27 June 2019
Mount Iliamna: a large landslide in Alaska on 20th June 2019
A very large landslide occurred on the flanks of Mount Iliamna, a volcano located in Alaska, on 20th June 2019. The landslide has been described by the Alaska Volcano Observatory, who have posted a number of images of the aftermath. The best of these was taken by Loren Prosser on the day after the landslide:-
The caption for the image is as follows:
Photo of Red Glacier avalanche that occurred on 6/21 ~00:05 UTC (6/20 ~4:05 pm AK). Description from the photographer: “attached pics from a fly by this past Friday evening. The slide appeared a few days old at that point, and seemed to originate near the summit. The slide & debris are visible from across the inlet now as well. Debris field approx 2+ miles wide & the toe. Pretty impressive slide altogether!”
The landslide has been captured by a Sentinel 2 satellite image that is available via the Sentinel Hub:-
The landslide appears to be in the order of about 6 km in length, and over 2 km wide at the toe. This image, also via the Alaska Volcano Observatory, and taken by Dennis Anderson on 22nd June 2019, gives a better impression of the scale of the event:-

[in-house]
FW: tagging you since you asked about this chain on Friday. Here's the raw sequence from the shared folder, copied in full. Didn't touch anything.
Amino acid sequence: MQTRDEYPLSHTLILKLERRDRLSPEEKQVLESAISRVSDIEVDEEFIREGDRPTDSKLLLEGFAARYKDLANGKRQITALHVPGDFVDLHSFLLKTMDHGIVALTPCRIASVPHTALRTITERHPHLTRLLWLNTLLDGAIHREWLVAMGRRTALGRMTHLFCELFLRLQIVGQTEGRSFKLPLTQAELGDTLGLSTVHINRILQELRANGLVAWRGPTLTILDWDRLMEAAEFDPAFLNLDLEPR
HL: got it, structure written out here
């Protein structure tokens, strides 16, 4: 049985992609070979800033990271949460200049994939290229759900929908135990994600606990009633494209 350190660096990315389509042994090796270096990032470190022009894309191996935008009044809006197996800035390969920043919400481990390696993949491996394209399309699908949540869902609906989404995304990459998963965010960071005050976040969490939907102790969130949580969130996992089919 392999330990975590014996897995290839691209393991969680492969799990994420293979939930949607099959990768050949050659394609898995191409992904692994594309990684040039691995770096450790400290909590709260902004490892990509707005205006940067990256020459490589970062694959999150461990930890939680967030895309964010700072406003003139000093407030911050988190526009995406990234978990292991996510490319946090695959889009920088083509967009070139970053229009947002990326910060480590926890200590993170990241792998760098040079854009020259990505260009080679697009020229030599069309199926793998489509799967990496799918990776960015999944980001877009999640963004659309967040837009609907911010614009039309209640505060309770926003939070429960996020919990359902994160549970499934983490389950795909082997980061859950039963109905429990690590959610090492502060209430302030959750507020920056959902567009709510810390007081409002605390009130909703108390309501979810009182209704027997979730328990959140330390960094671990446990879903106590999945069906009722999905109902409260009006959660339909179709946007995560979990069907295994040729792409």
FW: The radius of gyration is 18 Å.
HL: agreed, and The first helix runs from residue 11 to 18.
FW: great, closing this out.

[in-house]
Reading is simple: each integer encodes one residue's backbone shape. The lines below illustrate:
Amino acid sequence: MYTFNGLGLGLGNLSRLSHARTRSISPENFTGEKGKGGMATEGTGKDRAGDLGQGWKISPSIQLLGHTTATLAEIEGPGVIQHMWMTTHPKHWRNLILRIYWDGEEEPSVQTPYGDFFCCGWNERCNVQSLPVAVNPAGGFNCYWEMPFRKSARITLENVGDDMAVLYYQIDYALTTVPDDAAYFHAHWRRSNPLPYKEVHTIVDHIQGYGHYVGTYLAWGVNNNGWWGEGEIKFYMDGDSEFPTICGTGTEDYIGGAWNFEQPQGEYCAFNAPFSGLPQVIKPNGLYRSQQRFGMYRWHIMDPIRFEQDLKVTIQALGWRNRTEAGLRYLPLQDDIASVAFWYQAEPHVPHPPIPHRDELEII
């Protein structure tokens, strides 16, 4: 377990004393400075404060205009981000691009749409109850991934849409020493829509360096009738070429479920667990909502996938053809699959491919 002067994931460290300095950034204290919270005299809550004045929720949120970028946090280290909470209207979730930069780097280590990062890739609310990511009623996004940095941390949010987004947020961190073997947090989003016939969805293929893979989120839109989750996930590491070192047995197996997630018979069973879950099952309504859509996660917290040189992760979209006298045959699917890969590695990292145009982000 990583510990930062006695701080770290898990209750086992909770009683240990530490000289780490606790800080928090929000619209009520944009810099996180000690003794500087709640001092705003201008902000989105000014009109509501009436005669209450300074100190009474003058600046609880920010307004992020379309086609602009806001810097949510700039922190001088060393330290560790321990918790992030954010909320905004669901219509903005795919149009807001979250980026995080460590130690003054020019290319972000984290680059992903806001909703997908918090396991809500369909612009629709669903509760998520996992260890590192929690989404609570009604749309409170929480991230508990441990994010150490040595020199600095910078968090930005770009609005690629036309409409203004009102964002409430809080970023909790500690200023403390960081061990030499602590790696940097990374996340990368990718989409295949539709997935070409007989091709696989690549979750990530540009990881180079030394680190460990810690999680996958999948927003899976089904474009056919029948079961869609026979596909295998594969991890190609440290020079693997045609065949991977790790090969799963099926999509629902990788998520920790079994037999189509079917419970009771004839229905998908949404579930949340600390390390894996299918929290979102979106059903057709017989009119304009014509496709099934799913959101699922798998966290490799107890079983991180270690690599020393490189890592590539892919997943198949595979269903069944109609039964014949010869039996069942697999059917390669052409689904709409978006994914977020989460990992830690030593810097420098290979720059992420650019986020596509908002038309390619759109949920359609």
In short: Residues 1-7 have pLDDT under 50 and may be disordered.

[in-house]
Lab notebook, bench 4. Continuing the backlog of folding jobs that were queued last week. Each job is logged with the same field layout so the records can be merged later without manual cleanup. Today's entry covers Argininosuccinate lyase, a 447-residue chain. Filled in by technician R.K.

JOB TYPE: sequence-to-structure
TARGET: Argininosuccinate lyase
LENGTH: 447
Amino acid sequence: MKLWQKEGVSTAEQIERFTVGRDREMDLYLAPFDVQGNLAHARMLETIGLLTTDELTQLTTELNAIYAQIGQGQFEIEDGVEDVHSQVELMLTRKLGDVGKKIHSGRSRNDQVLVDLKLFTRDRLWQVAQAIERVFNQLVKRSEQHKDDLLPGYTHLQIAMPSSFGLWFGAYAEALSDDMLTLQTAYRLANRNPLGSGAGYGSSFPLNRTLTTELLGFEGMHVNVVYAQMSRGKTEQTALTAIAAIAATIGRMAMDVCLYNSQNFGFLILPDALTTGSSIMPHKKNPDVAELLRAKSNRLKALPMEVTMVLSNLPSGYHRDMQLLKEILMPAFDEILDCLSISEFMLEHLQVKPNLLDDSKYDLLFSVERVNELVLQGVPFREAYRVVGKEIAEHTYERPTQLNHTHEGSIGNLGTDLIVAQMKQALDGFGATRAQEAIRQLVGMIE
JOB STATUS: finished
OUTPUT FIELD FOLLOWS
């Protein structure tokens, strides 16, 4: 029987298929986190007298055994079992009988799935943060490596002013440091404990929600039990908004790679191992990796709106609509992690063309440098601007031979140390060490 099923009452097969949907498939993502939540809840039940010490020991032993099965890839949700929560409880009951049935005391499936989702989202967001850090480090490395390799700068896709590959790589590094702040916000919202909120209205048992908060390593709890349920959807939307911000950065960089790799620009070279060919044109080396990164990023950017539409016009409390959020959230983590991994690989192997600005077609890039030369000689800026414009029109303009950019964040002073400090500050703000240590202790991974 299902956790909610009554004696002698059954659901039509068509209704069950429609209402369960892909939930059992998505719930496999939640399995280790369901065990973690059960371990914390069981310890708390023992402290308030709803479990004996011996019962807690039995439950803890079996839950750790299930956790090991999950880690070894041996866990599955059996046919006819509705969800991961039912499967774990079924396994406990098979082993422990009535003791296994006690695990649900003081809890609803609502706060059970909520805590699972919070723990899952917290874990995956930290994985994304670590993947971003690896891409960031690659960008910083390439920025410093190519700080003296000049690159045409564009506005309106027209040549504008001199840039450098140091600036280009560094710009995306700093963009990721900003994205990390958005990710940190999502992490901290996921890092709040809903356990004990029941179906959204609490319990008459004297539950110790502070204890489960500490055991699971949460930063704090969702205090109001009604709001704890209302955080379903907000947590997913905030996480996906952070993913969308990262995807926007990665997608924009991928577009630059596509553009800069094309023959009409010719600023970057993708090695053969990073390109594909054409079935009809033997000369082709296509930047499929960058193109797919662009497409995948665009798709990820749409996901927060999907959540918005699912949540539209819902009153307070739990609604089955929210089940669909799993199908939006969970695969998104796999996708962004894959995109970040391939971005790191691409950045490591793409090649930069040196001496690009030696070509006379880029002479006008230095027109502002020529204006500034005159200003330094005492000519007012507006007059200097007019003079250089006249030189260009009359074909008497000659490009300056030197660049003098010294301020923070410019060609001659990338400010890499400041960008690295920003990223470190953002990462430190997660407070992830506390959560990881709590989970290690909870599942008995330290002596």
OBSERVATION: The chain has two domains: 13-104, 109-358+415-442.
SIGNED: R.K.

Rockslide on Iliamna volcano on 6/21/2019. This image was taken around 11:00 am on 6/22/2019 by Dennis Anderson from Diamond Ridge NW of Homer using a tablet at the eyepiece of some 11×80 binoculars with a 4.5 degree field of view. This might have occurred sometime in the past 12-48 hours as Illiamna was obscured by clouds most of yesterday.
The trigger of this landslide is not clear, but Alaska has experienced a series of very large landslides (often in the early part of the summer) in recent years, including Juneau, Icy Bay / Tyndall Glacier, Glacier Bay / Lamplugh, and Sitka. There is good evidence that this is associated with climate change.